An Agile coach will help all team members to embrace Agile, including Senior Stakeholders, so that they can put their trust in having the right people doing the right thing, other having the right and often expensive processes and tools trying to deliver the right thing.




What is Behaviour Driven Development (BDD)?


Behaviour-driven development (BDD) is an Agile software development methodology in which an application is documented and designed around the behaviour a user expects to experience when interacting with it. Although some methodologies that support BDD can also be used in a Waterfall environment such as Specification By Example (SBE)

Software development is often deluged by overwork, translating directly into wasted time and resource for both engineers and business professionals. Communication between both parties is often the bottleneck to project progress when engineers often misunderstand what the business truly needs from its software, and business professionals misunderstand the capabilities of their technical team.

Shrouded in miscommunication and complexity, the end product is often technically functional, but fails to meet the exact requirements of the business. Behaviour-driven development (BDD) aims to change this.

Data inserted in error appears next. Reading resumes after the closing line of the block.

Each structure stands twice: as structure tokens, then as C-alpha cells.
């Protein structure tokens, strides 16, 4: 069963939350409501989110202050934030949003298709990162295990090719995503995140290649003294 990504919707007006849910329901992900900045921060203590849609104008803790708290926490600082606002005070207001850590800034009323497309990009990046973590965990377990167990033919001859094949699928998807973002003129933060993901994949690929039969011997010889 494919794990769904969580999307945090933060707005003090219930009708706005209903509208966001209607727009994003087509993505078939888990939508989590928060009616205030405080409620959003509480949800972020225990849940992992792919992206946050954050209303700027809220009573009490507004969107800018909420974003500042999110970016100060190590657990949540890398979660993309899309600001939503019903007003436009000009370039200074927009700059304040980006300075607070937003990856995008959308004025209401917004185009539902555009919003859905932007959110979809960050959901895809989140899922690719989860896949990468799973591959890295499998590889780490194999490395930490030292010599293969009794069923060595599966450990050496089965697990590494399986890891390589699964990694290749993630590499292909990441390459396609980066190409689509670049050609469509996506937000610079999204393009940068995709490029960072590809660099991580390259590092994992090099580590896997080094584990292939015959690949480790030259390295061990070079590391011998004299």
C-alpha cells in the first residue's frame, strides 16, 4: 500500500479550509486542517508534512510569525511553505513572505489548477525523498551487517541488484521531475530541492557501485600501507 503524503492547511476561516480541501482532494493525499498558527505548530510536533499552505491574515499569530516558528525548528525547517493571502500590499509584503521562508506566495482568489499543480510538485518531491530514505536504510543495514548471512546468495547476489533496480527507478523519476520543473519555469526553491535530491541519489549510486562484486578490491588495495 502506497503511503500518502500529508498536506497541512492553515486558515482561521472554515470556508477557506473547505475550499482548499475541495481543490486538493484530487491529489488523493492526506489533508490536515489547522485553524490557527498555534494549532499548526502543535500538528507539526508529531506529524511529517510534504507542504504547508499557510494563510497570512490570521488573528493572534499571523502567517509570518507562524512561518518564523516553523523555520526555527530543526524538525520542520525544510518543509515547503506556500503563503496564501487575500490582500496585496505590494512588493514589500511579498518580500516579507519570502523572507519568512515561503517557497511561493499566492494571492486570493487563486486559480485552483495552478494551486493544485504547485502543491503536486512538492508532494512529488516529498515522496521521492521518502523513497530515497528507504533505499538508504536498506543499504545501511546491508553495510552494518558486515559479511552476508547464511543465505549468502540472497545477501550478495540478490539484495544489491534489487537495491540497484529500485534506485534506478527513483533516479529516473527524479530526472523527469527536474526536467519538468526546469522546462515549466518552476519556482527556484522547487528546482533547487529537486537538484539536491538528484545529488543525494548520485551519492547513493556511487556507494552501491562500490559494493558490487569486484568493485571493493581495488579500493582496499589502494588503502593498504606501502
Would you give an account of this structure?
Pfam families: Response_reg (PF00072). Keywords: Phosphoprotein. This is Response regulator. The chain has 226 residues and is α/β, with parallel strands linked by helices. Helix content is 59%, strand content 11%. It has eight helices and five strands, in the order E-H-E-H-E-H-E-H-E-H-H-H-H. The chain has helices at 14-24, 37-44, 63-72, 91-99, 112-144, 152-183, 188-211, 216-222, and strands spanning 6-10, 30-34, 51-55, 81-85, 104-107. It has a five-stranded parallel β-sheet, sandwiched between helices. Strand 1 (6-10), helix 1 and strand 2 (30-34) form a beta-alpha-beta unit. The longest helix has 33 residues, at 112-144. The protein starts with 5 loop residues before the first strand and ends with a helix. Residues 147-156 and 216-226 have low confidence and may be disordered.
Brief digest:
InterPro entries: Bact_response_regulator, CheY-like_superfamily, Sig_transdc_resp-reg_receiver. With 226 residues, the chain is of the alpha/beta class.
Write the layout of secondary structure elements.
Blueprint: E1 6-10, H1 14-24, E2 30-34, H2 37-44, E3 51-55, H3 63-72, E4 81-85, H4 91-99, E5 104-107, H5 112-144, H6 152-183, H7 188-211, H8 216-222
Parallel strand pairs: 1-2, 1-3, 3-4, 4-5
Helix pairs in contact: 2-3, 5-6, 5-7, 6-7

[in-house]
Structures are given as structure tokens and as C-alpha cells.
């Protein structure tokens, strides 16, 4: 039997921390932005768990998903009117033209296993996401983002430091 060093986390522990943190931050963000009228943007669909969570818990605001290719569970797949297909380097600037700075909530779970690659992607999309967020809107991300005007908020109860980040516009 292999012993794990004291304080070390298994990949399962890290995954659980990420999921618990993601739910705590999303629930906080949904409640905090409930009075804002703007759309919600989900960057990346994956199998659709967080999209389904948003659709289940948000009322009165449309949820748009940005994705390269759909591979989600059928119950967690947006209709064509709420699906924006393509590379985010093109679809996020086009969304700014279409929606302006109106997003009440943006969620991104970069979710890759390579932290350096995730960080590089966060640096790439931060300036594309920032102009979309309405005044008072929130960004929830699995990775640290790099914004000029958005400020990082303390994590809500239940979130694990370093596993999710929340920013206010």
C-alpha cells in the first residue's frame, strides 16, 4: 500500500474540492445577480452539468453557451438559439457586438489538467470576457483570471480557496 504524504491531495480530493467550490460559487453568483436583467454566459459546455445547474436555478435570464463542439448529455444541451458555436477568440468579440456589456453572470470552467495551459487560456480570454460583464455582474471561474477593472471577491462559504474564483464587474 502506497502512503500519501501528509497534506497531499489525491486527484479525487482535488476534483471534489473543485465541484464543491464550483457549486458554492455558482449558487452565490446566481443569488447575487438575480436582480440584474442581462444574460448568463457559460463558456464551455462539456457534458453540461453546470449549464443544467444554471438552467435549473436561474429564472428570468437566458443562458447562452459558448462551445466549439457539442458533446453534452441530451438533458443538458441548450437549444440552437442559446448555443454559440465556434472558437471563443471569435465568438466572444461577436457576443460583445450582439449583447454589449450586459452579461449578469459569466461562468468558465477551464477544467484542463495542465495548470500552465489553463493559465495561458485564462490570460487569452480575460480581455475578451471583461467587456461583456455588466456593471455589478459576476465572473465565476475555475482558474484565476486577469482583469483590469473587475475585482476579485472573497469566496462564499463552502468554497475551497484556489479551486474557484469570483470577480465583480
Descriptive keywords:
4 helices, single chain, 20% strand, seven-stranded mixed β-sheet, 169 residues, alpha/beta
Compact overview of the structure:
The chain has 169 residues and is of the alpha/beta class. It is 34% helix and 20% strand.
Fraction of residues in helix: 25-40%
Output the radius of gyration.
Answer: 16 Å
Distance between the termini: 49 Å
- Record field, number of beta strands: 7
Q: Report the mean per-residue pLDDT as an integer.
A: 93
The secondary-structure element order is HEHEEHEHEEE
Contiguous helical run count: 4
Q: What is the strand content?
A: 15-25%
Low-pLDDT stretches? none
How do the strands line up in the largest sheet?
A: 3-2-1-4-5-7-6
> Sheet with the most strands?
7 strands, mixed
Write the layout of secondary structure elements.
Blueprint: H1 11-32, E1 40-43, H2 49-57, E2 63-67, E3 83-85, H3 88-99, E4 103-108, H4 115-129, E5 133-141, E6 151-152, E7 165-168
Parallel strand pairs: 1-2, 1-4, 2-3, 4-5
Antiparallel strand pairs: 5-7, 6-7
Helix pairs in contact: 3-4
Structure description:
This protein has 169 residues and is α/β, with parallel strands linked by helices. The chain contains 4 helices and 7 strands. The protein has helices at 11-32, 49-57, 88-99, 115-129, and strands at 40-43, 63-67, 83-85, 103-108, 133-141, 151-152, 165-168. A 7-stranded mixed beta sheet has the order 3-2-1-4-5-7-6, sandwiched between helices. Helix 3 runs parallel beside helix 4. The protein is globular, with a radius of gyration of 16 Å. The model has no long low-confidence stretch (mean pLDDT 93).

BDD is a process designed to aid the management and the delivery of software development projects by improving communication between engineers and business professionals. In so doing, BDD ensures all development projects remain focused on delivering what the business actually needs while meeting all requirements of the user.




What are the key benefits of Behaviour Driven Development (BDD)?


All development work can be traced back directly to business objectives.

Software development meets user need. Satisfied users = good business.

Efficient prioritisation – business-critical features are delivered first.

All parties have a shared understanding of the project and can be involved in the communication.

A shared language ensures everyone (technical or not) has thorough visibility into the project’s progression.

Resulting software design that matches existing and supports upcoming business needs.

Improved quality code reducing costs of maintenance and minimising project risk.